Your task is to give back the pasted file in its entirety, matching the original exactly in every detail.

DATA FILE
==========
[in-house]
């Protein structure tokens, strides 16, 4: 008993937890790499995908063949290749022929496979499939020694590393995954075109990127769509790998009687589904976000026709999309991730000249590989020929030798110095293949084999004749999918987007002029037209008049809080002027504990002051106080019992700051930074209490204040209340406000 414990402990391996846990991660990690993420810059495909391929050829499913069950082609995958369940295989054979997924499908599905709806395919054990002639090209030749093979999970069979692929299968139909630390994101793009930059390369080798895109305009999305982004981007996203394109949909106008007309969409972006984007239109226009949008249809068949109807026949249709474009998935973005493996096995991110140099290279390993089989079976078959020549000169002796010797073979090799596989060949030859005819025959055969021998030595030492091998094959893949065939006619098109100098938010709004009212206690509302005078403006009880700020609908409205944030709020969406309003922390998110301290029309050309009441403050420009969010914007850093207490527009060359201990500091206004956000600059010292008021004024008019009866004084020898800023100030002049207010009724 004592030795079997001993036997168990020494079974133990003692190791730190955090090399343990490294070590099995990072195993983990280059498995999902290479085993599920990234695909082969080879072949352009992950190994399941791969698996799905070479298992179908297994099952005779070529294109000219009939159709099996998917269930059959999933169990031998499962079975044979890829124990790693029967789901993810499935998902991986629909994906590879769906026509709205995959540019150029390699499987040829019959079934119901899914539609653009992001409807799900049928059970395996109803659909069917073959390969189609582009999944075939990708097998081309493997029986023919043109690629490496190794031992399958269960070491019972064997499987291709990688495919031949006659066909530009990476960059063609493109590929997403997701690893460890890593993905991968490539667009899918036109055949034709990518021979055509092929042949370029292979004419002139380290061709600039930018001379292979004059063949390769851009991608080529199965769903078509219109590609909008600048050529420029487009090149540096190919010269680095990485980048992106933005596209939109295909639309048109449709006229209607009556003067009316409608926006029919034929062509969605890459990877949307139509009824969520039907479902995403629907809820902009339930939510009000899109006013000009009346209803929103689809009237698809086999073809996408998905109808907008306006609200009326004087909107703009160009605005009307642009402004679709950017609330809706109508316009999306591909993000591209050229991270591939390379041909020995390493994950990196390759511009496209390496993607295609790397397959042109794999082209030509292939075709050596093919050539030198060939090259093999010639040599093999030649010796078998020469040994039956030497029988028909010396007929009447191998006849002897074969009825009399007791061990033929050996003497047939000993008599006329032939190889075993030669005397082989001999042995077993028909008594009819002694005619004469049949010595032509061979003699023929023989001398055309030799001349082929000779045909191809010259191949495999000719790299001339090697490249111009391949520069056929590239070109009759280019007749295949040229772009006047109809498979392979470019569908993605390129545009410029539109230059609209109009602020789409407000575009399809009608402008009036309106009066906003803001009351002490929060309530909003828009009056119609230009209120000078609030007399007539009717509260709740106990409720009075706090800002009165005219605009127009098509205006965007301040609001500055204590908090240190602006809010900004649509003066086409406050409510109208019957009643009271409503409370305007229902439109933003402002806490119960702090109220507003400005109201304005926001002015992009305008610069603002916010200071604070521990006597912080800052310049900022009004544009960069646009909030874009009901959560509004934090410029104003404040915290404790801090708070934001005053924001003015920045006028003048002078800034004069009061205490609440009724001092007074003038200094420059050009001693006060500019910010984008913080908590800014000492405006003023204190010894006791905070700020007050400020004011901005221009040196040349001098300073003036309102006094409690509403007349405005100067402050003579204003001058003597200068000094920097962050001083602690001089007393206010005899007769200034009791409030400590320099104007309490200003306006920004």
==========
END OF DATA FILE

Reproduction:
[in-house]
């Protein structure tokens, strides 16, 4: 008993937890790499995908063949290749022929496979499939020694590393995954075109990127769509790998009687589904976000026709999309991730000249590989020929030798110095293949084999004749999918987007002029037209008049809080002027504990002051106080019992700051930074209490204040209340406000 414990402990391996846990991660990690993420810059495909391929050829499913069950082609995958369940295989054979997924499908599905709806395919054990002639090209030749093979999970069979692929299968139909630390994101793009930059390369080798895109305009999305982004981007996203394109949909106008007309969409972006984007239109226009949008249809068949109807026949249709474009998935973005493996096995991110140099290279390993089989079976078959020549000169002796010797073979090799596989060949030859005819025959055969021998030595030492091998094959893949065939006619098109100098938010709004009212206690509302005078403006009880700020609908409205944030709020969406309003922390998110301290029309050309009441403050420009969010914007850093207490527009060359201990500091206004956000600059010292008021004024008019009866004084020898800023100030002049207010009724 004592030795079997001993036997168990020494079974133990003692190791730190955090090399343990490294070590099995990072195993983990280059498995999902290479085993599920990234695909082969080879072949352009992950190994399941791969698996799905070479298992179908297994099952005779070529294109000219009939159709099996998917269930059959999933169990031998499962079975044979890829124990790693029967789901993810499935998902991986629909994906590879769906026509709205995959540019150029390699499987040829019959079934119901899914539609653009992001409807799900049928059970395996109803659909069917073959390969189609582009999944075939990708097998081309493997029986023919043109690629490496190794031992399958269960070491019972064997499987291709990688495919031949006659066909530009990476960059063609493109590929997403997701690893460890890593993905991968490539667009899918036109055949034709990518021979055509092929042949370029292979004419002139380290061709600039930018001379292979004059063949390769851009991608080529199965769903078509219109590609909008600048050529420029487009090149540096190919010269680095990485980048992106933005596209939109295909639309048109449709006229209607009556003067009316409608926006029919034929062509969605890459990877949307139509009824969520039907479902995403629907809820902009339930939510009000899109006013000009009346209803929103689809009237698809086999073809996408998905109808907008306006609200009326004087909107703009160009605005009307642009402004679709950017609330809706109508316009999306591909993000591209050229991270591939390379041909020995390493994950990196390759511009496209390496993607295609790397397959042109794999082209030509292939075709050596093919050539030198060939090259093999010639040599093999030649010796078998020469040994039956030497029988028909010396007929009447191998006849002897074969009825009399007791061990033929050996003497047939000993008599006329032939190889075993030669005397082989001999042995077993028909008594009819002694005619004469049949010595032509061979003699023929023989001398055309030799001349082929000779045909191809010259191949495999000719790299001339090697490249111009391949520069056929590239070109009759280019007749295949040229772009006047109809498979392979470019569908993605390129545009410029539109230059609209109009602020789409407000575009399809009608402008009036309106009066906003803001009351002490929060309530909003828009009056119609230009209120000078609030007399007539009717509260709740106990409720009075706090800002009165005219605009127009098509205006965007301040609001500055204590908090240190602006809010900004649509003066086409406050409510109208019957009643009271409503409370305007229902439109933003402002806490119960702090109220507003400005109201304005926001002015992009305008610069603002916010200071604070521990006597912080800052310049900022009004544009960069646009909030874009009901959560509004934090410029104003404040915290404790801090708070934001005053924001003015920045006028003048002078800034004069009061205490609440009724001092007074003038200094420059050009001693006060500019910010984008913080908590800014000492405006003023204190010894006791905070700020007050400020004011901005221009040196040349001098300073003036309102006094409690509403007349405005100067402050003579204003001058003597200068000094920097962050001083602690001089007393206010005899007769200034009791409030400590320099104007309490200003306006920004």